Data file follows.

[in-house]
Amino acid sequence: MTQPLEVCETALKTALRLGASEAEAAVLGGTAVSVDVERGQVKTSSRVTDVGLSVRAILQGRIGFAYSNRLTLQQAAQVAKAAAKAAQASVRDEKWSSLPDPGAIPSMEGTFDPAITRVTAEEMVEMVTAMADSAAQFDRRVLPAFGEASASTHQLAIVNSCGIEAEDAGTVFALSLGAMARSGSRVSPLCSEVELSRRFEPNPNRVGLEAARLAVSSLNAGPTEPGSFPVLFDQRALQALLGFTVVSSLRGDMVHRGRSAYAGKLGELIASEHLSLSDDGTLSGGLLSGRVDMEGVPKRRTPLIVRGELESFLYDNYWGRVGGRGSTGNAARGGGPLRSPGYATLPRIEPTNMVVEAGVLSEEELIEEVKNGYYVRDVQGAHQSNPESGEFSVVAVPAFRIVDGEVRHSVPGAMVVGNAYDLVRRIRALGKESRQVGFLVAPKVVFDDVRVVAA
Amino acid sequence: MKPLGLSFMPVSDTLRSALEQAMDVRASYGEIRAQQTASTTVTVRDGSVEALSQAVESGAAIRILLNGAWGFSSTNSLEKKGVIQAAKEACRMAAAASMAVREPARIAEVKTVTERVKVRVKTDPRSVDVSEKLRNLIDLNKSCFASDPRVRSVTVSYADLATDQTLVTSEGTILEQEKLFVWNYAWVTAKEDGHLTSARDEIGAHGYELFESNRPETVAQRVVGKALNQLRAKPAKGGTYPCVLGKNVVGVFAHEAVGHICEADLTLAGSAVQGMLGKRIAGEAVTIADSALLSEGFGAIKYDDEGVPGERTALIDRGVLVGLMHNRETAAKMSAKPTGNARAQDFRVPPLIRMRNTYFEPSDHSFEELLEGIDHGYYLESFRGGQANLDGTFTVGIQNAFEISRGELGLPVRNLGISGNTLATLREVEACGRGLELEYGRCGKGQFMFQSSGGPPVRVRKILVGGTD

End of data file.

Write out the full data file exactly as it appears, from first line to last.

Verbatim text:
[in-house]
Amino acid sequence: MTQPLEVCETALKTALRLGASEAEAAVLGGTAVSVDVERGQVKTSSRVTDVGLSVRAILQGRIGFAYSNRLTLQQAAQVAKAAAKAAQASVRDEKWSSLPDPGAIPSMEGTFDPAITRVTAEEMVEMVTAMADSAAQFDRRVLPAFGEASASTHQLAIVNSCGIEAEDAGTVFALSLGAMARSGSRVSPLCSEVELSRRFEPNPNRVGLEAARLAVSSLNAGPTEPGSFPVLFDQRALQALLGFTVVSSLRGDMVHRGRSAYAGKLGELIASEHLSLSDDGTLSGGLLSGRVDMEGVPKRRTPLIVRGELESFLYDNYWGRVGGRGSTGNAARGGGPLRSPGYATLPRIEPTNMVVEAGVLSEEELIEEVKNGYYVRDVQGAHQSNPESGEFSVVAVPAFRIVDGEVRHSVPGAMVVGNAYDLVRRIRALGKESRQVGFLVAPKVVFDDVRVVAA
Amino acid sequence: MKPLGLSFMPVSDTLRSALEQAMDVRASYGEIRAQQTASTTVTVRDGSVEALSQAVESGAAIRILLNGAWGFSSTNSLEKKGVIQAAKEACRMAAAASMAVREPARIAEVKTVTERVKVRVKTDPRSVDVSEKLRNLIDLNKSCFASDPRVRSVTVSYADLATDQTLVTSEGTILEQEKLFVWNYAWVTAKEDGHLTSARDEIGAHGYELFESNRPETVAQRVVGKALNQLRAKPAKGGTYPCVLGKNVVGVFAHEAVGHICEADLTLAGSAVQGMLGKRIAGEAVTIADSALLSEGFGAIKYDDEGVPGERTALIDRGVLVGLMHNRETAAKMSAKPTGNARAQDFRVPPLIRMRNTYFEPSDHSFEELLEGIDHGYYLESFRGGQANLDGTFTVGIQNAFEISRGELGLPVRNLGISGNTLATLREVEACGRGLELEYGRCGKGQFMFQSSGGPPVRVRKILVGGTD